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CBA Monday Message 26.03.18

Chair’s Update:
Angela Rafferty QC

We are a vocational profession. The last thing we want to do is not to work or to take action. We feel strong commitment to the rule of law and our place in it. However everything is at breaking point at once, including us.

We as an Association have a responsibility to our members on a national platform and we must listen.  Our principal responsibility is to ensure our profession survives and thrives. The threats to the Criminal Justice System are common knowledge and cannot continue.

You will receive a message from us on Thursday this week. It will report the results of the survey that closes tomorrow. Please ensure your Chambers has responded. The signs are that there will be overwhelming support for unified action. We expect the membership to reject the levels of funding offered in the new scheme. We will on Thursday set out for you our considered position on the type of action required. It is a matter for each individual barrister to decide what to do. We ask for unity and purpose at this time whatever you decide to do.

We know that some sets in London have indicated they will take action immediately. We completely understand that.

Here are messages of the Chair of the Bar and the Leader of the South Eastern Circuit. There will be further data analysis and further meetings this week.

Why we can’t wait
The new scheme has unintended consequences. The iniquities it removes should never have been imposed on us in the first place.  The principle of investment set out by the Bar as stage 2 seems to have been abandoned. The structure may be rational but the levels of remuneration are unacceptable for many kinds of complex, important cases. There is no payment at all for disclosure or the vast quantities of evidence likely to be served on us in cases going forward.  It has been made clear by recent fiascos that disclosure issues require a principled “resource and training” approach. One consequence of this scheme may be to require the defence in all cases to become gatekeepers for disclosure. This is untenable, and, ultimately, if the law is not applied correctly, illegal.

Our urgent concerns are the effects the scheme will have on diversity, career progression and retention of talented barristers with caring responsibilities. We also see that those with vast experience who do difficult and paper heavy cases requiring large amounts of work are cut and cut hard. We are concerned for Chambers’ margins and the consequential effect on recruitment to the profession. Reduced margins will shrink the funding available for pupillages and professional training.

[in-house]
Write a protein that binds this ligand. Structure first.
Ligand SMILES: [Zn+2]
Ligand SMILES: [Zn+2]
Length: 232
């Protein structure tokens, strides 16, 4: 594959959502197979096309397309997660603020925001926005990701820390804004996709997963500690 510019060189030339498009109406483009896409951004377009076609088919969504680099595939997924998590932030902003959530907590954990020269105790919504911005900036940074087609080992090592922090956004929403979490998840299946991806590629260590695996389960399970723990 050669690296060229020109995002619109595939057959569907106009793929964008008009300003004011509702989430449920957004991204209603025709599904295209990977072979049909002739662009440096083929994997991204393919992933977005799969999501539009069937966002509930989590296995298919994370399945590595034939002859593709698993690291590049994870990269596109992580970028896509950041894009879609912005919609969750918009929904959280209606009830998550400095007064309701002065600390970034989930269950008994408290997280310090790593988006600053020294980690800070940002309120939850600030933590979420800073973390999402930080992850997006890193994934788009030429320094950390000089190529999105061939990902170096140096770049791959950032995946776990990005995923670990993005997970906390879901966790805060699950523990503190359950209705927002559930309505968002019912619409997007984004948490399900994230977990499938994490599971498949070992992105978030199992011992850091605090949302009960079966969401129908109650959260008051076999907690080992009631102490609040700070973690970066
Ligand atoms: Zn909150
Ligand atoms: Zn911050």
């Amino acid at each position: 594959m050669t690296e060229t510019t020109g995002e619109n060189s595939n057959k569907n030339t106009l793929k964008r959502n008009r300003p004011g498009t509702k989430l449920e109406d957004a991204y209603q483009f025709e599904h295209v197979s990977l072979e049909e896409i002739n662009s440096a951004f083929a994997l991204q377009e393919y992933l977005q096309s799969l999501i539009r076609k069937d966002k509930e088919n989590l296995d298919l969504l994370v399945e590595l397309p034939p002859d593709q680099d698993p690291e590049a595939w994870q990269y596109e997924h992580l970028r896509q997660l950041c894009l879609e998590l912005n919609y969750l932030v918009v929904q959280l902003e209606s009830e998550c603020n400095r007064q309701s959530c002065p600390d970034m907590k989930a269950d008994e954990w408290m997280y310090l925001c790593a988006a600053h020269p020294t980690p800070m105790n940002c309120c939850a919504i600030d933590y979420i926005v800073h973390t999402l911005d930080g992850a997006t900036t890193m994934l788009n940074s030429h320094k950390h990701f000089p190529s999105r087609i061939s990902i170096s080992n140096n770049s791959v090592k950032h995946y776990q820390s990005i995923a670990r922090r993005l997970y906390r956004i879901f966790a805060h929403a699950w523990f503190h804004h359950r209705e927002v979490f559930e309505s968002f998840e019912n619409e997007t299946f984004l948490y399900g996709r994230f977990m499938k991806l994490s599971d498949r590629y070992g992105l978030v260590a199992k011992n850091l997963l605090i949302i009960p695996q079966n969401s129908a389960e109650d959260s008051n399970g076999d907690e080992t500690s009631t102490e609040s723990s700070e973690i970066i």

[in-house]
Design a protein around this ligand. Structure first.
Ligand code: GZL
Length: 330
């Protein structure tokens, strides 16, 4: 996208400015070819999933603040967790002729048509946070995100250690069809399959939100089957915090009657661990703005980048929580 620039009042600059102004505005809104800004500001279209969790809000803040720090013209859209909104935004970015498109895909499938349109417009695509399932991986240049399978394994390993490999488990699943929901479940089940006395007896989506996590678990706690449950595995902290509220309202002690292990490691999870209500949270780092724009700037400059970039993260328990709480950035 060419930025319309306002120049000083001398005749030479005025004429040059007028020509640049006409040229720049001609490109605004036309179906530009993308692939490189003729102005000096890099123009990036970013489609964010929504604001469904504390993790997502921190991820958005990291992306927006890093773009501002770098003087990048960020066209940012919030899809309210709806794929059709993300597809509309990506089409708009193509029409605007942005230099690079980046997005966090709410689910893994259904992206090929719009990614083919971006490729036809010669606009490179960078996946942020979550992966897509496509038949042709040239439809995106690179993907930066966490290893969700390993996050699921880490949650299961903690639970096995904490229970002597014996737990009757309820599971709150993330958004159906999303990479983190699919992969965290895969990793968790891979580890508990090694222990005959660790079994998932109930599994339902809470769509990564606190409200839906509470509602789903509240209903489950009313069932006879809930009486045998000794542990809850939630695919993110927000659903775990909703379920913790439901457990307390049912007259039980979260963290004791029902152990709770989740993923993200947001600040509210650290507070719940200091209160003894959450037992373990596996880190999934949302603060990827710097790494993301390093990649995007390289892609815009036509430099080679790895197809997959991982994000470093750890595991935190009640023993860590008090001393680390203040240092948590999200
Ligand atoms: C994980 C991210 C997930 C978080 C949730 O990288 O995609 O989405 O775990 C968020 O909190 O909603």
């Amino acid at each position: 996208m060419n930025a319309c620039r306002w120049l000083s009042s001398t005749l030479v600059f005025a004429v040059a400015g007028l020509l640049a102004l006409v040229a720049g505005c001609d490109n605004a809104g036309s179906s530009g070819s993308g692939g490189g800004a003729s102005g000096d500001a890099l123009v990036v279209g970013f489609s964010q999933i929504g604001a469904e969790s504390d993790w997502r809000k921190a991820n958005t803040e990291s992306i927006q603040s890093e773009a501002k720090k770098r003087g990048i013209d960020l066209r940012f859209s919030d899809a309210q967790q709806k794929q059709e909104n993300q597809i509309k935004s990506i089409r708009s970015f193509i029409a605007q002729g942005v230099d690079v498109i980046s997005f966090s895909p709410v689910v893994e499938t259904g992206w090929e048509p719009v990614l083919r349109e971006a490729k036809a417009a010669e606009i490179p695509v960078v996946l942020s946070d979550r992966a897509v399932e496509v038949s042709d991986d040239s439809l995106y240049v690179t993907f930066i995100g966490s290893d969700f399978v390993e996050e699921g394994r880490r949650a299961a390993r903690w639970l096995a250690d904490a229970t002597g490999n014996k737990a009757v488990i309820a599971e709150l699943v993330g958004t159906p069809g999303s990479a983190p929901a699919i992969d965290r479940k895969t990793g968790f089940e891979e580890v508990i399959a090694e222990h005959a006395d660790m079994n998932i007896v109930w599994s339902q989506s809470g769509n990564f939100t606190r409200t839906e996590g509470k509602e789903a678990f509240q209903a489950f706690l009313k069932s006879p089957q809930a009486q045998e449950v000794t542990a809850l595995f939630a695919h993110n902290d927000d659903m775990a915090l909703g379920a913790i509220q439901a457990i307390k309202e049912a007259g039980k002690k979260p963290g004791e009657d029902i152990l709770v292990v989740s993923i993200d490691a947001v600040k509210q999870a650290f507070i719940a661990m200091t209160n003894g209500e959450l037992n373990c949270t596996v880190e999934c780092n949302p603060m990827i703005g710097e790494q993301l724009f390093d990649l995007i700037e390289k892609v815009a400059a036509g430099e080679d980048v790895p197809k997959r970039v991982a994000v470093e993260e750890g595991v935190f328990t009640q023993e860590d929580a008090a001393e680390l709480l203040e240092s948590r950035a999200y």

The AGFS reform Statutory Instrument is implemented on 1st April. We are told that there is no practical way to stop this and that it will be in force on that date, despite our representations to the Ministry of Justice. However a motion has been tabled and it is essential you lobby your MP. We will be launching a CrowdJustice campaign at 8am tomorrow to provide every sitting MP with a copy of the book, Stories of the Law and How it’s Broken by the Secret Barrister, along with a copy of the Young Legal Aid Lawyers report on Social Mobilityin an effort to shine a light on the crisis in the criminal justice system. Please pledge and publicise far and wide.

We are much stronger together. We must unite with solicitors who face cuts and a judicial review in the summer. We must unite with those who work in courts, prison staff, police officers, prosecutors, probation officers and those who work for the rights of defendants, witnesses and victims.  The judiciary also deals on a daily basis with the consequences of wholesale degradation of a once proud system. Principled parliamentarians are our allies. We must put aside our adversarial natures and work together.

To start the process the Charter for Justice is held tonight at the Law Society where we unite with our Solicitor colleagues and those across the Justice system.

We make a final plea to the Ministry of Justice. It is not too late to find more funding for Criminal Justice. It is not too late to halt and review what is, after all, supposed to be a ‘cost neutral’ scheme so that concerns that have been universally voiced can be considered and action averted.  It isn’t too late to try to improve AGFS with proper levels of funding. It isn’t too late to fix this.

Behind the Gown Launch
Please see this important article in Counsel magazine. The CBA invites all members to attend the launch of Behind The Gown on 23rd May 2018, 6.30pm at Bridewell Hall, 14 Bride Lane, EC4Y 8EQ. Jess Phillips MP  and your Chair will be speaking at the event, which will include a panel discussion and a drinks reception.

BSB role
The BSB is seeking an examiner for criminal litigation and evidence. The role is an interesting and remunerated way to contribute to maintaining standards and may be of most interest to someone who mixes practice with training and assessment – or who wants to learn more about the latter.  Please see the linked advertisement.

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